Saturday, November 13, 2010
John Ansell’s NZ cricket poems
In early 2003 I went along to poetry nights at the
in Angus Inn Lower Hutt and Selby’s Poetry Café in Porirua. On these nights a poet called John Ansell would get up to read in the Open Mic. His poems brought the house down. With a measured reading voice and superb comic timing, his nonsense rhymes struck an immediate chord with listeners. Very soon he was the guest poet himself and people were asking for copies of his poems.
I was delighted when John later collected his rhymes in book form. His book, I Think the Clouds Are Cotton Wool, came out near the end of that year in November 2003. I even bought extra copies of it to give to friends at Christmas time.
The book includes a great section called ‘Thoughts on Sports’ with witty observations on cricket and rugby. The cricket poems, which were originally written as radio ads, were of particular interest to me, and I included John in A Tingling Catch. ‘Cricket Initials’ (John's contribution to A Tingling Catch) was read by John at the launch of the book at the Basin Long Room. It has a neat use of the stumps as an image in the poem.
‘Cricket Initials’ was one of 16 radio ads made in 1992 during Shell’s sponsorship of cricket on Radio New
Zealand. The voice John cast was Jim Hopkins, so they called the series Hopkins’ Half Minute. Each of the poem-ads mentioned the sponsor Shell with some improvisation by Jim Hopkins in the studio.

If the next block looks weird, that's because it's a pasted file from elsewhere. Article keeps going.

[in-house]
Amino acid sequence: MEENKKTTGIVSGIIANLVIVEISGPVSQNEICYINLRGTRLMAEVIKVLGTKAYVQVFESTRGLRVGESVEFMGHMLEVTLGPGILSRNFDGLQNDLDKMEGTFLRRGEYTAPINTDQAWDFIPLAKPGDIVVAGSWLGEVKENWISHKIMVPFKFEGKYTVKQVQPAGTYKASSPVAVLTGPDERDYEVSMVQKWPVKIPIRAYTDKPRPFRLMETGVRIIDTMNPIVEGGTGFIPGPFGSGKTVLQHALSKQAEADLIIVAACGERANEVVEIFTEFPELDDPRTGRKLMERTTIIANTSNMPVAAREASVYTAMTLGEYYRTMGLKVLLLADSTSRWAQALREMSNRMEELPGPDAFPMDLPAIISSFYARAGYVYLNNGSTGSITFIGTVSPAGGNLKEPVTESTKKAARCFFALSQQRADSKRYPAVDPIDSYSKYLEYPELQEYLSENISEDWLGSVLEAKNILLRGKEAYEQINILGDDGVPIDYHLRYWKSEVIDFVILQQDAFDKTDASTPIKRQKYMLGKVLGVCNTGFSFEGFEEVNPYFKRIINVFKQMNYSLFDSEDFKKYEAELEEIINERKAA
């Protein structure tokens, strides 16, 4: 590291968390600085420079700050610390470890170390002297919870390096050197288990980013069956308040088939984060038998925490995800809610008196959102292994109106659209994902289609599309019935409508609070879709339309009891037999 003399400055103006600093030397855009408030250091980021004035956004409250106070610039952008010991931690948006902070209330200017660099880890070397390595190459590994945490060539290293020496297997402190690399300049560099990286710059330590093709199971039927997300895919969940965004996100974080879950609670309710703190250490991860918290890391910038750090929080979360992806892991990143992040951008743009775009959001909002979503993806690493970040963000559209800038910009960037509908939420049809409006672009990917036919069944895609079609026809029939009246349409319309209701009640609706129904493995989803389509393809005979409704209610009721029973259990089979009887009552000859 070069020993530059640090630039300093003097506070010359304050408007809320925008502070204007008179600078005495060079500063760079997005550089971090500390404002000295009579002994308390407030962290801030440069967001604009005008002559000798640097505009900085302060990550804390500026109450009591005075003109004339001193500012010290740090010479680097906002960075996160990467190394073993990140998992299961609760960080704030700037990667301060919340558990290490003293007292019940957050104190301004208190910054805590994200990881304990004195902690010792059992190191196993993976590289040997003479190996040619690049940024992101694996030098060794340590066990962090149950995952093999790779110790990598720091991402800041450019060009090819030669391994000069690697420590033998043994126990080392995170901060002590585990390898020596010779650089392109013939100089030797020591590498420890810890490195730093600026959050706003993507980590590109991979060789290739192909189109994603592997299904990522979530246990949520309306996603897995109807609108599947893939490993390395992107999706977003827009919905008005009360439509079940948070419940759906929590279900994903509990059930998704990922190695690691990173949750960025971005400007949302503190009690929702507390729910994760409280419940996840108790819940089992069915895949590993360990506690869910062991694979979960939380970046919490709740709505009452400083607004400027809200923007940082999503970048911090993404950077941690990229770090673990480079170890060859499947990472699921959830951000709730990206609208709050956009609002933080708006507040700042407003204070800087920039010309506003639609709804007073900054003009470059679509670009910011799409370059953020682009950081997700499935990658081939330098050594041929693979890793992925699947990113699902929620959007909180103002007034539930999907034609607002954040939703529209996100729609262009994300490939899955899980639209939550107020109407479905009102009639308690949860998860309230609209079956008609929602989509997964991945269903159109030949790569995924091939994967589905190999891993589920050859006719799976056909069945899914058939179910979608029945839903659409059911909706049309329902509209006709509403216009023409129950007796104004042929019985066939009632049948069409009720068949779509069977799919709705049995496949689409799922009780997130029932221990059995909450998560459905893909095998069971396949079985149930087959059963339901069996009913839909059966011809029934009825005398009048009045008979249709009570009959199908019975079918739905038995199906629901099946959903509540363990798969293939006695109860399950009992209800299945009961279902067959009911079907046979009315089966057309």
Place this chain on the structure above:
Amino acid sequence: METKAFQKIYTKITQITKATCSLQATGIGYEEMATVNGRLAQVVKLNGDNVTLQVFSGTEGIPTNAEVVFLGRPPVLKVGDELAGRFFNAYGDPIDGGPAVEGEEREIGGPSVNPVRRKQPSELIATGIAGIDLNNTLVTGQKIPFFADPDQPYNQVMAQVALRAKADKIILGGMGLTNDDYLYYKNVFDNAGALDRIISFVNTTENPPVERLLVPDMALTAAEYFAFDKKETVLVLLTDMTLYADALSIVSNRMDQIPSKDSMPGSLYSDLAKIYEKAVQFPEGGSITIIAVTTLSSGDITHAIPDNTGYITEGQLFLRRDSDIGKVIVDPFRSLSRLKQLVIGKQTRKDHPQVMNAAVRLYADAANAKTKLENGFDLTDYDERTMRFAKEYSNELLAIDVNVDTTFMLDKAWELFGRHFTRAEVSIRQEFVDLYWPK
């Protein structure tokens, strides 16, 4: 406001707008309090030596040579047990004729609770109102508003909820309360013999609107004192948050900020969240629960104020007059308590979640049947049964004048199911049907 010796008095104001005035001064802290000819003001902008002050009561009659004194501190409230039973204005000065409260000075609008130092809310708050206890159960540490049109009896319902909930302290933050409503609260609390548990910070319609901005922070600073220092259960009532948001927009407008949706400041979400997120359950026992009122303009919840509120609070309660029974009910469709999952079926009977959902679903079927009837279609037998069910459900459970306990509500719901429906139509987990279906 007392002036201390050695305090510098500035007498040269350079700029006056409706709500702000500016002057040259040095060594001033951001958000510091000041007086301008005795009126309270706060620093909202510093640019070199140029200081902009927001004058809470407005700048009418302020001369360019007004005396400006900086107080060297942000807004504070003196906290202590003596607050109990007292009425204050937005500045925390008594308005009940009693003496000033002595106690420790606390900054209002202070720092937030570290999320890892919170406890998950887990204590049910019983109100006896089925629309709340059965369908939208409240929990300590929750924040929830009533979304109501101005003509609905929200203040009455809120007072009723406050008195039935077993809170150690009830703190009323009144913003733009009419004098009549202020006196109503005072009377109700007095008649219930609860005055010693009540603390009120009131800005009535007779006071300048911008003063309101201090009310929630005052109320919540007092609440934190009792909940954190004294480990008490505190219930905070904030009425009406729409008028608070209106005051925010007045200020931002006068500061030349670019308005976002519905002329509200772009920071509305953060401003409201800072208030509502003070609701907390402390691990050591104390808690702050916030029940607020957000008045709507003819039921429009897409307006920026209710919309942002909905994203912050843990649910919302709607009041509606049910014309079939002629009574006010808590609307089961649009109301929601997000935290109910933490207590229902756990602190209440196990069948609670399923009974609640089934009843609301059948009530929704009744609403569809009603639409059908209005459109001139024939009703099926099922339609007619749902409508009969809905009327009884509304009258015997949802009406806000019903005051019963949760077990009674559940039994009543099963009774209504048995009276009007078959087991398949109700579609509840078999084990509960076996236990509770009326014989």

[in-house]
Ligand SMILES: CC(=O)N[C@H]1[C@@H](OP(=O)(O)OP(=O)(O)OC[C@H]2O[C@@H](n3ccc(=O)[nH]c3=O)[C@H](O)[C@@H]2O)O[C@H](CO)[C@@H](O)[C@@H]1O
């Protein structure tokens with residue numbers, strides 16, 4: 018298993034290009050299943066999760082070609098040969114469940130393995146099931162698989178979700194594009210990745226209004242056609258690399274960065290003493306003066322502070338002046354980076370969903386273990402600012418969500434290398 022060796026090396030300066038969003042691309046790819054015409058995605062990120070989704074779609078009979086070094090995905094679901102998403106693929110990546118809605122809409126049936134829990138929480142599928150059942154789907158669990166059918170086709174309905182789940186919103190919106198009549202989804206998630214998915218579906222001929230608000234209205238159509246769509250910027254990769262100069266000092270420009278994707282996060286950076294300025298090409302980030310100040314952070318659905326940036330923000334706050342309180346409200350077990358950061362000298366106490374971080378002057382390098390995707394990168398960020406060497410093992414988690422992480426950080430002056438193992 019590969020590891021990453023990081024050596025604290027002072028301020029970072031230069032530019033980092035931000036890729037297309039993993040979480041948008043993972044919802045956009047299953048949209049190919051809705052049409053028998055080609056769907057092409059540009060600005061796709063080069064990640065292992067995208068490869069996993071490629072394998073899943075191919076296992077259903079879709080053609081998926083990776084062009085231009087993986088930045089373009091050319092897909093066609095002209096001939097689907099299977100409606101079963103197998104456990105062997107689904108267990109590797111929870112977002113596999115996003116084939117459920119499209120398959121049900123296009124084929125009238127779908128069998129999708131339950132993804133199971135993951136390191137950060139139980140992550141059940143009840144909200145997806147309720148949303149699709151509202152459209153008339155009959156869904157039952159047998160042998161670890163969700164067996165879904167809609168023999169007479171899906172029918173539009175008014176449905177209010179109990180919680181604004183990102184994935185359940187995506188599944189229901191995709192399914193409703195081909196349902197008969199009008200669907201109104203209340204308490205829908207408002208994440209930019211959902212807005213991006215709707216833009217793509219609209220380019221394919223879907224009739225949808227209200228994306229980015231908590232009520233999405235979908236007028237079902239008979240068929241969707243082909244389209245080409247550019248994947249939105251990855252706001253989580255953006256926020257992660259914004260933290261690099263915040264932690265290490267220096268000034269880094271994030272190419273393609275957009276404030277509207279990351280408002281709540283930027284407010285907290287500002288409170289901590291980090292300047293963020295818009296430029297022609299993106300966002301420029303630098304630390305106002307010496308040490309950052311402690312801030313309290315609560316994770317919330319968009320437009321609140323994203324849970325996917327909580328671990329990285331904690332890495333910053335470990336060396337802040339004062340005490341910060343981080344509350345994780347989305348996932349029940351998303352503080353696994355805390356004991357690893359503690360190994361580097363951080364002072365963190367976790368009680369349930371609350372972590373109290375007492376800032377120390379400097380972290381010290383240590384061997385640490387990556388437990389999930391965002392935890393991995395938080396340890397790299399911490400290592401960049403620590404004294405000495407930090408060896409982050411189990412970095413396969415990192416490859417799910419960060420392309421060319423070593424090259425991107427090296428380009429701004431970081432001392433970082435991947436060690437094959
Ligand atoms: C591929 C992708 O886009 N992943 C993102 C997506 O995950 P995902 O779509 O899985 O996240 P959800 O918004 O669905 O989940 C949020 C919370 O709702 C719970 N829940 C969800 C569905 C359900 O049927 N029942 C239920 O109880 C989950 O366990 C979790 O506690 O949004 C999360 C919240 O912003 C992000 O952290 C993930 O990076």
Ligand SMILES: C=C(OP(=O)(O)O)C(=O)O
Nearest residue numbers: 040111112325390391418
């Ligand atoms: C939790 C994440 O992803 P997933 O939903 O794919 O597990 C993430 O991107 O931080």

Here’s the other two cricket-related poem-ads that John wrote:
Cricket is a Funny Game
Cricket is a funny game,
For who'd believe a tale
Where a pointy stick is called a stump,
And a stumpy one, a bail?
And it gets much more confusing, folks,
For nowhere but in cricket
Could a set of sticks
And a grassy strip
Both be called a wicket.
These wickets of the greener kind
Are also known as pitches,
Which is also what the ball does
When it bounces on its stitches.
So what's it all about folks?
And where's this poem headed?
And why is it that the last three words
Are Shell Ultra Unleaded?
Cricket is for the Birds
A cricket is a species of insect, much enjoyed by birds. Which suggests that cricket is for the birds. And it is.
I mean, where else can a Crowe go in for a bat and get out for a duck – often given out by an umpire called Dickie Bird?
Now of course, before a Dickie Bird can become an umpire, it must first come out of its Shell. Which is what you should be coming out of if you’ve just been buying petrol.
A petrel is another kind of dickie bird, but it doesn't give a toss about cricket. So I won’t mention it.
Author's Note: An ornithological (not to mention apoetical) collaboration, where I supplied the Crowe, the bat and the duck, Jim Hopkins weighed in with the Dickie Bird, the petrol and the petrel, and Shell brought the money.
'Cricket is a Funny Game' and 'Cricket is for the Birds' © John Ansell, 2003
(from I Think the Clouds Are Cotton Wool, Padded Sell: Porirua, 2003)